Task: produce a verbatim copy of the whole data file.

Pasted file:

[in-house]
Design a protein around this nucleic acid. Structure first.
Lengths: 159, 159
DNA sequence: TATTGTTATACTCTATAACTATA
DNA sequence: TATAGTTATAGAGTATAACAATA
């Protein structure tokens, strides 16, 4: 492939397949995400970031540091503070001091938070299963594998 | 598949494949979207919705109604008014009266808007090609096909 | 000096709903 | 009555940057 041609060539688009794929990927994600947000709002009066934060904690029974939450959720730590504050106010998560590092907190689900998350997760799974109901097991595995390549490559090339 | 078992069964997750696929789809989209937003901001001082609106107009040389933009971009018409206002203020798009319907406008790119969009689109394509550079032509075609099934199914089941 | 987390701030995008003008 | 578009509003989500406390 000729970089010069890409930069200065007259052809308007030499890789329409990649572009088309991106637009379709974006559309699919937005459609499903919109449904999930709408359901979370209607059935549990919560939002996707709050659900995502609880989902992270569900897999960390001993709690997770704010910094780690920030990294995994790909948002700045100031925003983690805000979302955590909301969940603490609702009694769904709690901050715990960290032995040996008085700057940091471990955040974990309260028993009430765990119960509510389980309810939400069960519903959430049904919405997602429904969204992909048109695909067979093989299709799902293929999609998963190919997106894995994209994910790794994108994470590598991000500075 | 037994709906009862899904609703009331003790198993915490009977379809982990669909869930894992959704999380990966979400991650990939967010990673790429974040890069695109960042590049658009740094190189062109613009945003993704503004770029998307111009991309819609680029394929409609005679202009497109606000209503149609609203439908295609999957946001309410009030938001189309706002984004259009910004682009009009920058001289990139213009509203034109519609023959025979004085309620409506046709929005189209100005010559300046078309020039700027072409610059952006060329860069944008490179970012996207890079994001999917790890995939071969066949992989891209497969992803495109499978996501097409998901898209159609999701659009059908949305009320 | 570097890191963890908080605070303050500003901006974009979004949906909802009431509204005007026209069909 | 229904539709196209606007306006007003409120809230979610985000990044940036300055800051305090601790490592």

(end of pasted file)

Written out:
[in-house]
Design a protein around this nucleic acid. Structure first.
Lengths: 159, 159
DNA sequence: TATTGTTATACTCTATAACTATA
DNA sequence: TATAGTTATAGAGTATAACAATA
């Protein structure tokens, strides 16, 4: 492939397949995400970031540091503070001091938070299963594998 | 598949494949979207919705109604008014009266808007090609096909 | 000096709903 | 009555940057 041609060539688009794929990927994600947000709002009066934060904690029974939450959720730590504050106010998560590092907190689900998350997760799974109901097991595995390549490559090339 | 078992069964997750696929789809989209937003901001001082609106107009040389933009971009018409206002203020798009319907406008790119969009689109394509550079032509075609099934199914089941 | 987390701030995008003008 | 578009509003989500406390 000729970089010069890409930069200065007259052809308007030499890789329409990649572009088309991106637009379709974006559309699919937005459609499903919109449904999930709408359901979370209607059935549990919560939002996707709050659900995502609880989902992270569900897999960390001993709690997770704010910094780690920030990294995994790909948002700045100031925003983690805000979302955590909301969940603490609702009694769904709690901050715990960290032995040996008085700057940091471990955040974990309260028993009430765990119960509510389980309810939400069960519903959430049904919405997602429904969204992909048109695909067979093989299709799902293929999609998963190919997106894995994209994910790794994108994470590598991000500075 | 037994709906009862899904609703009331003790198993915490009977379809982990669909869930894992959704999380990966979400991650990939967010990673790429974040890069695109960042590049658009740094190189062109613009945003993704503004770029998307111009991309819609680029394929409609005679202009497109606000209503149609609203439908295609999957946001309410009030938001189309706002984004259009910004682009009009920058001289990139213009509203034109519609023959025979004085309620409506046709929005189209100005010559300046078309020039700027072409610059952006060329860069944008490179970012996207890079994001999917790890995939071969066949992989891209497969992803495109499978996501097409998901898209159609999701659009059908949305009320 | 570097890191963890908080605070303050500003901006974009979004949906909802009431509204005007026209069909 | 229904539709196209606007306006007003409120809230979610985000990044940036300055800051305090601790490592």